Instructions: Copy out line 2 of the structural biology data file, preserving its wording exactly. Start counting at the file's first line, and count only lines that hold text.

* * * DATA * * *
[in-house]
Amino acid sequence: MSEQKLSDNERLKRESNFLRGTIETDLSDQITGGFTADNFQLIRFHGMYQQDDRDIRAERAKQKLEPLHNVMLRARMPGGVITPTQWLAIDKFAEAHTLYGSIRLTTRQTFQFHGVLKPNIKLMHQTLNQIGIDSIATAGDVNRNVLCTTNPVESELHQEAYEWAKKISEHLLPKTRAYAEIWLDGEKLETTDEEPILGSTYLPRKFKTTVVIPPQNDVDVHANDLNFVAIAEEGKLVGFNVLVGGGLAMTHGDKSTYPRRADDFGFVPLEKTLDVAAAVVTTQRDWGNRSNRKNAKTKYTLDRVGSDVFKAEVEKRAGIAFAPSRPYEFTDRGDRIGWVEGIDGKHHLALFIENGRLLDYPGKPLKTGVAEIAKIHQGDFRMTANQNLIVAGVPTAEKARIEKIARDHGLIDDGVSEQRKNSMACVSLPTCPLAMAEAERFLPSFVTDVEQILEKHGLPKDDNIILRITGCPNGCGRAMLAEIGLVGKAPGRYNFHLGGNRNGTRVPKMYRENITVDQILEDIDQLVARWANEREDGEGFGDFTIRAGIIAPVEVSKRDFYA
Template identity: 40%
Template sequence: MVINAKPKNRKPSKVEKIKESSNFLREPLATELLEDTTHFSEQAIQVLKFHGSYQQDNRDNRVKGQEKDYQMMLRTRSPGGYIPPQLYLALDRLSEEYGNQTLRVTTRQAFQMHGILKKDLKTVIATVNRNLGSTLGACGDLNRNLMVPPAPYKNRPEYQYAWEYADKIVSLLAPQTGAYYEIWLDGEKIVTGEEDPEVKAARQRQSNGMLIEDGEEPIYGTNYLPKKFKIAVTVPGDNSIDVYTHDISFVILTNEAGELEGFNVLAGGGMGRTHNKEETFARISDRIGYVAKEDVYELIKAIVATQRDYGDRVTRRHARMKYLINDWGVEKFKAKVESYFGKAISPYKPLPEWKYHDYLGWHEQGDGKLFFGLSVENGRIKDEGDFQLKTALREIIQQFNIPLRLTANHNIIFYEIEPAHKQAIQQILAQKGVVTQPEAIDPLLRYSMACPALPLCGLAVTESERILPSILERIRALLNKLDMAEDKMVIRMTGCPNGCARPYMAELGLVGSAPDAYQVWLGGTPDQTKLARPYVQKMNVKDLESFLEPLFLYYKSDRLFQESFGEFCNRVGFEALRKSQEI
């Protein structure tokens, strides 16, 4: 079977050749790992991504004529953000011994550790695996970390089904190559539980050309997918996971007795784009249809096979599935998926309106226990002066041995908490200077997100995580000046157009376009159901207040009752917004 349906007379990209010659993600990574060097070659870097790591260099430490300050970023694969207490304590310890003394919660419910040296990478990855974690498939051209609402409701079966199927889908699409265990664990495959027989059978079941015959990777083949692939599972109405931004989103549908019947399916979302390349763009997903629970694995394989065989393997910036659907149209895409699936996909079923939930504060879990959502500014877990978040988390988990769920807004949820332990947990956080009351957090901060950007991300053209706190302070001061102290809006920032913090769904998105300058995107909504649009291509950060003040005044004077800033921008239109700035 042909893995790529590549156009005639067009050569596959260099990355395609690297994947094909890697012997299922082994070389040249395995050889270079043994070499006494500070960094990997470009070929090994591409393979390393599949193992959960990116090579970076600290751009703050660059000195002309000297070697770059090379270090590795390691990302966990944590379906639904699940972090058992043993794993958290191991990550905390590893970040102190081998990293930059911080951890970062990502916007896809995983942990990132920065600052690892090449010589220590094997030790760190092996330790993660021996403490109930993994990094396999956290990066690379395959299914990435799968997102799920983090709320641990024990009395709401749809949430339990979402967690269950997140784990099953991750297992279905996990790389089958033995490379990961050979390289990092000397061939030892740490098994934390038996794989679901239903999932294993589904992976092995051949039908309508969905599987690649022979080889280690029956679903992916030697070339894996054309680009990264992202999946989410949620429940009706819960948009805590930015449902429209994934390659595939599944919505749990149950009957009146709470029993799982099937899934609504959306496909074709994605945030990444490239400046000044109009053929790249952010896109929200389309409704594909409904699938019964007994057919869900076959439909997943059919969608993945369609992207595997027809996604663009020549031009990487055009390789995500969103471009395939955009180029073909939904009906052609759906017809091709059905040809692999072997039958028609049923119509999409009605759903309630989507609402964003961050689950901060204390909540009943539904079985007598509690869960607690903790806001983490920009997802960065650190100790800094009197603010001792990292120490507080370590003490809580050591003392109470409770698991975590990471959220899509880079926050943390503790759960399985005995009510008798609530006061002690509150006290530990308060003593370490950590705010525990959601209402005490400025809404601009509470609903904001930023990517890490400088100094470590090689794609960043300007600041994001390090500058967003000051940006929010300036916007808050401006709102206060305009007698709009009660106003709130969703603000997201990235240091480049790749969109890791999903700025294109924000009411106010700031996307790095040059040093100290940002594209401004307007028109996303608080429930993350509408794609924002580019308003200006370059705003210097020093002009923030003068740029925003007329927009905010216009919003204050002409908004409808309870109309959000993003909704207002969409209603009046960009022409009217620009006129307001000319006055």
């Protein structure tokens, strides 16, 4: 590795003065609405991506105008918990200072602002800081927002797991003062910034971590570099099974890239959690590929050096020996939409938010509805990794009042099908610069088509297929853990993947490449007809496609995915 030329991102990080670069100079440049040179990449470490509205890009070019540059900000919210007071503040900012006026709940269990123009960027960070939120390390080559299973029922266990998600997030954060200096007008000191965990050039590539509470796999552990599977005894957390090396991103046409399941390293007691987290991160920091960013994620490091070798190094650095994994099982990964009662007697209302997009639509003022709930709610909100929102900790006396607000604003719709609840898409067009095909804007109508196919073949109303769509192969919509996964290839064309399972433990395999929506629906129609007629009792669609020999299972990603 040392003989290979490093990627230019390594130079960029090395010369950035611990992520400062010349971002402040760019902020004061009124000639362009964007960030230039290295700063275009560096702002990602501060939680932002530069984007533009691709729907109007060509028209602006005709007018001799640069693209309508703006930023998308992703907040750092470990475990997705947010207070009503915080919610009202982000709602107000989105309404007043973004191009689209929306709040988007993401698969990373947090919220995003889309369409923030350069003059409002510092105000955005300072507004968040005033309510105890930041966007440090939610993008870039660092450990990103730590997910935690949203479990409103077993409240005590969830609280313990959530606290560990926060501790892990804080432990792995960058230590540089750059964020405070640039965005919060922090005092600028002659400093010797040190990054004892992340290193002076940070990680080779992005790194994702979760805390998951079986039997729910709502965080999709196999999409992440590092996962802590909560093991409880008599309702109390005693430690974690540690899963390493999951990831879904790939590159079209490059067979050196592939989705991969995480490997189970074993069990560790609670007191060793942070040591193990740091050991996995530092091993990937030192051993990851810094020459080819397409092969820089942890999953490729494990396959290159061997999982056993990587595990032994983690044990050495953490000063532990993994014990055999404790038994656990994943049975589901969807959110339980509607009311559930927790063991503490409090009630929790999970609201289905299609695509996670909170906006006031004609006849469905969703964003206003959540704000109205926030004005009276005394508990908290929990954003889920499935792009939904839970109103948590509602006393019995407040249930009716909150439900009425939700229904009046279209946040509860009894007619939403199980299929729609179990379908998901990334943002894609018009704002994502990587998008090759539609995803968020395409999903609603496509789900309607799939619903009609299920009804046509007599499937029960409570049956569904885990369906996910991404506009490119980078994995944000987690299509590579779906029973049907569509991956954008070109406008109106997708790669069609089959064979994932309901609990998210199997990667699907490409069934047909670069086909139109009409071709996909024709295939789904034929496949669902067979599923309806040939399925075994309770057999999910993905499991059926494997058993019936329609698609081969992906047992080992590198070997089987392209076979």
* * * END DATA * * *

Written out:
Amino acid sequence: MSEQKLSDNERLKRESNFLRGTIETDLSDQITGGFTADNFQLIRFHGMYQQDDRDIRAERAKQKLEPLHNVMLRARMPGGVITPTQWLAIDKFAEAHTLYGSIRLTTRQTFQFHGVLKPNIKLMHQTLNQIGIDSIATAGDVNRNVLCTTNPVESELHQEAYEWAKKISEHLLPKTRAYAEIWLDGEKLETTDEEPILGSTYLPRKFKTTVVIPPQNDVDVHANDLNFVAIAEEGKLVGFNVLVGGGLAMTHGDKSTYPRRADDFGFVPLEKTLDVAAAVVTTQRDWGNRSNRKNAKTKYTLDRVGSDVFKAEVEKRAGIAFAPSRPYEFTDRGDRIGWVEGIDGKHHLALFIENGRLLDYPGKPLKTGVAEIAKIHQGDFRMTANQNLIVAGVPTAEKARIEKIARDHGLIDDGVSEQRKNSMACVSLPTCPLAMAEAERFLPSFVTDVEQILEKHGLPKDDNIILRITGCPNGCGRAMLAEIGLVGKAPGRYNFHLGGNRNGTRVPKMYRENITVDQILEDIDQLVARWANEREDGEGFGDFTIRAGIIAPVEVSKRDFYA